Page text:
“I had received many messages from self-employed persons like housing agents, insurance agents, tuition teachers, instructors, contractors and people in the sales industry. They said for the last two months, their income had fallen drastically because they were all required to stay at home and unable to carry out their business activities,” said Mr Lim.
Just because a self-employed person “had a higher income in the last year” or lives in a home with an annual value of more than S$21,000 does not mean that they have the ability to survive two to three more months without income, he added.
“If these self-employed persons had less savings or they had higher expenses, should they be left without any support from the Government?”
Mr Lim urged Mr Heng to consider raising the trade income criteria of SIRS to S$250,000 and removing the home annual value criteria.
“In unprecedented times like this, the Government should try to assist as many people as possible. And for those who do not require any help from the Government, they can always be encouraged to return the grant or the subsidies back to the Government, which has been done by many companies,” he added.
CONCERN FOR THE CONSTRUCTION SECTOR
MP Lee Bee Wah expressed her concern for the construction sector in particular. She pointed out how “happiness” turned to “frustration” for contractors over the number of approvals needed to commence work.
“I received many complaints from them, they were very confused, they were very unhappy,” she said.
READ: Construction workers to be tested regularly when projects gradually resume after circuit breaker
The approvals needed include compulsory swab tests for workers, as well as the need for safe distancing officers (SDO) and safe management officers (SMO) on site, before contractors are able to start work, she said.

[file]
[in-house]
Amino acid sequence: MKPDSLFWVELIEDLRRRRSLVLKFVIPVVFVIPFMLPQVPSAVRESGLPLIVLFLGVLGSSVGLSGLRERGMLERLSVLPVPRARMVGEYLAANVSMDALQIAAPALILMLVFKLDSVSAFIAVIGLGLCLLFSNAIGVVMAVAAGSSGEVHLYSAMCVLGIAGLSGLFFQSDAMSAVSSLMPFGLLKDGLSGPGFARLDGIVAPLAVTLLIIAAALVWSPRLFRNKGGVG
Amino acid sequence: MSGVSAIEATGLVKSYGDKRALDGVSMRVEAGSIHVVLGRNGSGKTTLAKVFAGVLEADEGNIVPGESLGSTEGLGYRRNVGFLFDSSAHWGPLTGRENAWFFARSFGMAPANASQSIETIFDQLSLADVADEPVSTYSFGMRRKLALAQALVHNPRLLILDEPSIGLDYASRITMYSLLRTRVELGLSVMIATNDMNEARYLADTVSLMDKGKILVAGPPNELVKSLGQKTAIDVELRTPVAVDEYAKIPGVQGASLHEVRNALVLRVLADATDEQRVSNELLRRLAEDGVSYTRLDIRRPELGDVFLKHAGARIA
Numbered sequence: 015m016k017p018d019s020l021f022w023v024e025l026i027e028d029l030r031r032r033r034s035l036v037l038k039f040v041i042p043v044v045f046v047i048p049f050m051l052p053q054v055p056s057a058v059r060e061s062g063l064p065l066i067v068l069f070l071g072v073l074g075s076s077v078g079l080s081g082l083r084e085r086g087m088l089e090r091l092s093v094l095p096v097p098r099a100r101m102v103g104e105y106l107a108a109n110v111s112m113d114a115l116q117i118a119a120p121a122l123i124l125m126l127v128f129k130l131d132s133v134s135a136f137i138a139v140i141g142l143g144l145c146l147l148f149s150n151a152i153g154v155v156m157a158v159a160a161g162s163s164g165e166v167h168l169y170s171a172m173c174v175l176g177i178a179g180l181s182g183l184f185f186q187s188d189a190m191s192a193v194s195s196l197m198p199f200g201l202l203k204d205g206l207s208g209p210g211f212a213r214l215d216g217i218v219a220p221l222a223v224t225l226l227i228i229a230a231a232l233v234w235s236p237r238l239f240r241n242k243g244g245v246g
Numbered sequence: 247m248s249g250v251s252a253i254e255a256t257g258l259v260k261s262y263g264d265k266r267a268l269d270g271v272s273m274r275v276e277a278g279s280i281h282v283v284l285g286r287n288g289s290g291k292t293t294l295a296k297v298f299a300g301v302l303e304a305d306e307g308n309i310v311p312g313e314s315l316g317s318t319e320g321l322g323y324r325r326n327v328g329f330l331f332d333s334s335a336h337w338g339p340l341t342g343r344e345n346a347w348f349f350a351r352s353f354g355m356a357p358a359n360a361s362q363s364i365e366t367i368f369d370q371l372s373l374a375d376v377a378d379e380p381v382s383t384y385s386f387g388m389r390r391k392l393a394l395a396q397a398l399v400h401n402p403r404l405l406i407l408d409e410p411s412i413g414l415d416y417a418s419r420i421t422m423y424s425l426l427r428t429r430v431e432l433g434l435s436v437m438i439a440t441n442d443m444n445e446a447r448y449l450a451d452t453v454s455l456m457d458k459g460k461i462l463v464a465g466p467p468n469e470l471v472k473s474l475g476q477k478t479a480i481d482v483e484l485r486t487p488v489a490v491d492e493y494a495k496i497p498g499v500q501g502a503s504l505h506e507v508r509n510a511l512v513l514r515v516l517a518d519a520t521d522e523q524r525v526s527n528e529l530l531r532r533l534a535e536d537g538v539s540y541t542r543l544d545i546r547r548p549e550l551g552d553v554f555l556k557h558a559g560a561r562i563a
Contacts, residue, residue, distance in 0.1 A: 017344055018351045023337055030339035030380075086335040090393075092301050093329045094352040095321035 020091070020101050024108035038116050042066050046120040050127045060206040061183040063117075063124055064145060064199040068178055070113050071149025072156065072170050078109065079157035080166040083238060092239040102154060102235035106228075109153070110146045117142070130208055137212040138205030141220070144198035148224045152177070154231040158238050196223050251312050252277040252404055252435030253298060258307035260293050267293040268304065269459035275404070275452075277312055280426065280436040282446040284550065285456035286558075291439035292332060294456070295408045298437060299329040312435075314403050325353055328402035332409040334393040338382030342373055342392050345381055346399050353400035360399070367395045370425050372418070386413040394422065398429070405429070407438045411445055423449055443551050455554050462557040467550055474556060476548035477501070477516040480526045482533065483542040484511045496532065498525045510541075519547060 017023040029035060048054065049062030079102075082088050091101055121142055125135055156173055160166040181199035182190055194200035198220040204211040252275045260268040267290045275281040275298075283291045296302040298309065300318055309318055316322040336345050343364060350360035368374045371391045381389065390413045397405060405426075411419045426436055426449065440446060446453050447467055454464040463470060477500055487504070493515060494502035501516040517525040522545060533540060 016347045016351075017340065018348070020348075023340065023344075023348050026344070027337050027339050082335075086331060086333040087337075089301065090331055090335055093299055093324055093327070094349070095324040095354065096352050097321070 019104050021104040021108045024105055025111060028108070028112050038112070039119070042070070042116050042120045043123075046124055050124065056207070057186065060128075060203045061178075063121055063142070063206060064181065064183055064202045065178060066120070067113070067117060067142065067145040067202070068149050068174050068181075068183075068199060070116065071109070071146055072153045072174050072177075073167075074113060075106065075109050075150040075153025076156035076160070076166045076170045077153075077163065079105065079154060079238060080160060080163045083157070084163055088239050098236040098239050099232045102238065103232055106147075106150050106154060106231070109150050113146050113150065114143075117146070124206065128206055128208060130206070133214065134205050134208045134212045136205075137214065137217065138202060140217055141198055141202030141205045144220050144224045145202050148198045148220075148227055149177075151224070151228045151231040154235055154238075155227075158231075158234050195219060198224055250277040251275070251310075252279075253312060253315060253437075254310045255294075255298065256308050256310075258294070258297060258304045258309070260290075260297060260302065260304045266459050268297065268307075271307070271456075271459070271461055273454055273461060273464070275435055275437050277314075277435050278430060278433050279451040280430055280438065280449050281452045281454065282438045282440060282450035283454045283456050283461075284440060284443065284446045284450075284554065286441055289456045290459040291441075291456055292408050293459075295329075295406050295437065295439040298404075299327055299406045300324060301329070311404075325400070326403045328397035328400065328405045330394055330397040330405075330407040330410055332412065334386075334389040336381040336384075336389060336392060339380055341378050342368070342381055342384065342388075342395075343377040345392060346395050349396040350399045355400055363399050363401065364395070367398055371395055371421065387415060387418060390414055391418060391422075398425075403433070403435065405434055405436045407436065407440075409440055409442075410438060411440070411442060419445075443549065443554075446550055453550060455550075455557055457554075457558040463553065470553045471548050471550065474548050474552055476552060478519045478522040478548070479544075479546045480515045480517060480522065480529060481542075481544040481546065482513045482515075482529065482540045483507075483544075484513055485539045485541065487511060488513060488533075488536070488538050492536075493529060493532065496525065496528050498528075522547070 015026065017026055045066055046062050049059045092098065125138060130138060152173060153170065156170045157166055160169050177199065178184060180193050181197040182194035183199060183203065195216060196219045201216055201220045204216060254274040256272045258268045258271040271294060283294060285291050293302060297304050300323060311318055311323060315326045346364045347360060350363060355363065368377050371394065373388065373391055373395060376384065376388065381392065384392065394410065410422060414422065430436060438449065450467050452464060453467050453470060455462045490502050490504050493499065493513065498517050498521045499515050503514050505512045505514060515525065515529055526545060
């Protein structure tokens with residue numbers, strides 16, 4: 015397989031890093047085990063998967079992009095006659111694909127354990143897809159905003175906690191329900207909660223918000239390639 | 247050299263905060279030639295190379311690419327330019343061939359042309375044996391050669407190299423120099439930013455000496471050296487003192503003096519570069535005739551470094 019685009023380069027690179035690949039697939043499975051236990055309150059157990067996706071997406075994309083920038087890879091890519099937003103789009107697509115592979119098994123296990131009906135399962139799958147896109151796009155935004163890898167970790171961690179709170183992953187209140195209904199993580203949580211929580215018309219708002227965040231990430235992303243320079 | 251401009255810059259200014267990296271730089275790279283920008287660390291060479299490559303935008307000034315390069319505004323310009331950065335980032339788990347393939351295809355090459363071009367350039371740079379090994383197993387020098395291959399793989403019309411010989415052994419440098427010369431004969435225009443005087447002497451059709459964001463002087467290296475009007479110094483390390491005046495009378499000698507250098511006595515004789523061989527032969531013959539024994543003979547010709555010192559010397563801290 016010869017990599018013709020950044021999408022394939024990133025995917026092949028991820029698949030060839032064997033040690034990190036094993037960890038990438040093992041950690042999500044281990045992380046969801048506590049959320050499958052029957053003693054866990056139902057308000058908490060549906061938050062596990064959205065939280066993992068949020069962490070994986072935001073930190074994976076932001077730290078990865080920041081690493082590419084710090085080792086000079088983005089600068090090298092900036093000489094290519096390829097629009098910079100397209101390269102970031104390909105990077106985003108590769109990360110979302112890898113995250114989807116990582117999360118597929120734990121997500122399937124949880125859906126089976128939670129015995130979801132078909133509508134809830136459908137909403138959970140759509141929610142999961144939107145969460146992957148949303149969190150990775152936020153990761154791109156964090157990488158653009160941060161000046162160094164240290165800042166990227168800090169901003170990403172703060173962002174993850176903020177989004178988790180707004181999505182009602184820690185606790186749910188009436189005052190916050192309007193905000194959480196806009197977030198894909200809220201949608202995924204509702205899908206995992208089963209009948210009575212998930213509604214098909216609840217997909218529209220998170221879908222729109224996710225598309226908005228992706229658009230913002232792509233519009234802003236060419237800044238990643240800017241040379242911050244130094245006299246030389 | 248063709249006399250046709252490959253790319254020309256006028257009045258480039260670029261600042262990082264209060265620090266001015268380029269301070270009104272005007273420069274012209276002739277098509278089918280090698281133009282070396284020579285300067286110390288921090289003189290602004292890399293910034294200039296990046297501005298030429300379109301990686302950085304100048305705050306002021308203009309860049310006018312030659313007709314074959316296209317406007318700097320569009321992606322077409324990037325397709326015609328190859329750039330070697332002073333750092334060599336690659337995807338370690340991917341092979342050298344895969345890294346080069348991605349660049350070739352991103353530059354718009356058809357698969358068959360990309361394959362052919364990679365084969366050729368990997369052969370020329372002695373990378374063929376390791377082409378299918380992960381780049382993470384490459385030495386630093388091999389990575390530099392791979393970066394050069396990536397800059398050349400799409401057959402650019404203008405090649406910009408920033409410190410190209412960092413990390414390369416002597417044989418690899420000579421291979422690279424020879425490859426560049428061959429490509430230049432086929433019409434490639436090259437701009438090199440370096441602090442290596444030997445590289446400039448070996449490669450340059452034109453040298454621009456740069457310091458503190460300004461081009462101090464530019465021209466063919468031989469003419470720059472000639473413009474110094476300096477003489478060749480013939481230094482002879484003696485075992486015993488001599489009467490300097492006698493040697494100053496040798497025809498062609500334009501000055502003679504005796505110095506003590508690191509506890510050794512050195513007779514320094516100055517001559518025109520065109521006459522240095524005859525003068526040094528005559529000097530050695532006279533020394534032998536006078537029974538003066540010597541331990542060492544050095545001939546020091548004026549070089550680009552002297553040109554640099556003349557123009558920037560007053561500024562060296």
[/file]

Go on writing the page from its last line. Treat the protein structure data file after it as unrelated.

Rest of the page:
“This compulsory swab test exercise can easily stretch to August or September, so how to start work?” asked Ms Lee. “There’s a long queue too for training of SMO and SDO. I checked two days ago, the next available session is Jul 5. And this is an online course, why was this not conducted during the CB (“circuit breaker”). Can we have more sessions so that this does not become a bottleneck?”
The need for workers to be sent for swab tests every fortnight before they are allowed on the work site could also lead to a bottleneck, said MP Cheryl Chan.
“Based on current test rates, we only managed to test over 10 per cent of the total foreign worker population mainly residing in dormitories. With the added test requirement, how should the construction sector manage their schedule?” she asked.
Another issue employers face is that they will need to let MOM deploy their workers in order to receive the foreign worker levy rebates announced in the Fortitude Budget, added Ms Lee.
“Isn’t this very high handed? Why doesn’t MOM just return the workers to the rightful employers, why force people to give up their workers?” she asked. “With all these challenges, many would not be able to start work for at least another three months ... And the income will only come in another two three months later, maybe (at the) end of the year.”
Ms Lee suggested a few solutions, including the Government absorbing the cost of swab tests for workers beyond August, as well as extending the full cost of the foreign workers levy waiver as well as the levy rebate of S$750 till August.